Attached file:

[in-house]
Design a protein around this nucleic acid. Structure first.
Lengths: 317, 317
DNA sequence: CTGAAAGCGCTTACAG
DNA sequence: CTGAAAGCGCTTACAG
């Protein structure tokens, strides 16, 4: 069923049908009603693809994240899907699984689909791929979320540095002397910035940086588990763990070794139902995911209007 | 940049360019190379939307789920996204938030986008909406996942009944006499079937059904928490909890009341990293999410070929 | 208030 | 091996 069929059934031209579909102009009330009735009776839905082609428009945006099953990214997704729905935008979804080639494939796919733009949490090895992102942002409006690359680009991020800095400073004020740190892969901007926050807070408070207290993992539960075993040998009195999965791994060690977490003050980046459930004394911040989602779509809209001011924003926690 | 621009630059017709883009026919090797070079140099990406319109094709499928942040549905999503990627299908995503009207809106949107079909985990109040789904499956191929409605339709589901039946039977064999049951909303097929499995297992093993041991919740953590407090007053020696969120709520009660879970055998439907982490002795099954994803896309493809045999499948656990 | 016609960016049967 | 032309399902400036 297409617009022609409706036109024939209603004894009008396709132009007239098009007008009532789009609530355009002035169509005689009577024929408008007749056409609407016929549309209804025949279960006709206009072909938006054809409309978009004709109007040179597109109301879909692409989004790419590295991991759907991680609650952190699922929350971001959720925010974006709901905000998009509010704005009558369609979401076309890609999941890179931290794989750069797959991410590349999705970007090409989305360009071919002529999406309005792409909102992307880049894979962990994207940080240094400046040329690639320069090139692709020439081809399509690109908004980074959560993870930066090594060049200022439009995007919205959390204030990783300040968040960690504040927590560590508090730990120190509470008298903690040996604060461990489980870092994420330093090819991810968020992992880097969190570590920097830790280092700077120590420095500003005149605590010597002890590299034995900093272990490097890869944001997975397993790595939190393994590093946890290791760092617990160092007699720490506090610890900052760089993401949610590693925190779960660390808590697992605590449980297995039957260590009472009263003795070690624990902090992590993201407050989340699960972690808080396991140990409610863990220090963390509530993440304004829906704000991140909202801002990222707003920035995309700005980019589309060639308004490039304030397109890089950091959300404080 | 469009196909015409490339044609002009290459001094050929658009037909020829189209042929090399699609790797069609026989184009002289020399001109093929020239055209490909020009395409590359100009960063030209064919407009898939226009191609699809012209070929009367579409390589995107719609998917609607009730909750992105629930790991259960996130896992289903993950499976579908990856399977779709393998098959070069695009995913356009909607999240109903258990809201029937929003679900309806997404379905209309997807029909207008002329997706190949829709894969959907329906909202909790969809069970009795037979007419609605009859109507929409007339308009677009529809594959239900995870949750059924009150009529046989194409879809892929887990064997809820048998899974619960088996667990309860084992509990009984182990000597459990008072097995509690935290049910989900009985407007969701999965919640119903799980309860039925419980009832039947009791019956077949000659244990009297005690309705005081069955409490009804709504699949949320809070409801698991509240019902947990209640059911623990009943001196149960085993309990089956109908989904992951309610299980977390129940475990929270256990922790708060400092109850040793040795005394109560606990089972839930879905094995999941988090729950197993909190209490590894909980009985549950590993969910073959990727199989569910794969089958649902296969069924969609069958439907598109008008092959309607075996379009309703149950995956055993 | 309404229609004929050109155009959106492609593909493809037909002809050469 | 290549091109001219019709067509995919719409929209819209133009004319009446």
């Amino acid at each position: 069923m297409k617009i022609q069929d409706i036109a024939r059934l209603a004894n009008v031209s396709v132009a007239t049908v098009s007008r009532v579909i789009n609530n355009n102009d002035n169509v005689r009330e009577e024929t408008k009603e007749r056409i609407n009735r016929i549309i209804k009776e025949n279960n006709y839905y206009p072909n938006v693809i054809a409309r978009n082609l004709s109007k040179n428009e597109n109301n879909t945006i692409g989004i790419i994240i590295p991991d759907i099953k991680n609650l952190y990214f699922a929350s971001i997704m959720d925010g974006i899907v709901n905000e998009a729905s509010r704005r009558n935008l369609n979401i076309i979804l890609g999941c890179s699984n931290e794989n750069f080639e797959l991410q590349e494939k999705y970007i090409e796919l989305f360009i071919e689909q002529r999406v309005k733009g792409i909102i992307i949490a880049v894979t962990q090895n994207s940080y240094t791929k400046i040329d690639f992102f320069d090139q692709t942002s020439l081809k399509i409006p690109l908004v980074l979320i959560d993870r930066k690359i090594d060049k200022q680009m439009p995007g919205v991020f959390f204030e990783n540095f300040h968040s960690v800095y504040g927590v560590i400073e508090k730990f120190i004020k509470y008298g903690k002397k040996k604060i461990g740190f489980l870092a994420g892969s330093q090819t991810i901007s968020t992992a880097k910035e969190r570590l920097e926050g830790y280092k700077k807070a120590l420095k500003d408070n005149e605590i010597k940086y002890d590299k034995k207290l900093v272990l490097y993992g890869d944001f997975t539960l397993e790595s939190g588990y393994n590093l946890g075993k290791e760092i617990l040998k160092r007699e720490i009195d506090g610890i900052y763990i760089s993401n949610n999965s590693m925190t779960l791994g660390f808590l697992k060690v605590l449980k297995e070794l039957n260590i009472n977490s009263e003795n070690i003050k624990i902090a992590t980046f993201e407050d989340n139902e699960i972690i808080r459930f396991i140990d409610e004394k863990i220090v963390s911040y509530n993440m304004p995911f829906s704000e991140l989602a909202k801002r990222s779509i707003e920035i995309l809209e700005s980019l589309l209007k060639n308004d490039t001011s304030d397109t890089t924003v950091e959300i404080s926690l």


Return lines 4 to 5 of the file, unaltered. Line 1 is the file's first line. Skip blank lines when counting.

DNA sequence: CTGAAAGCGCTTACAG
DNA sequence: CTGAAAGCGCTTACAG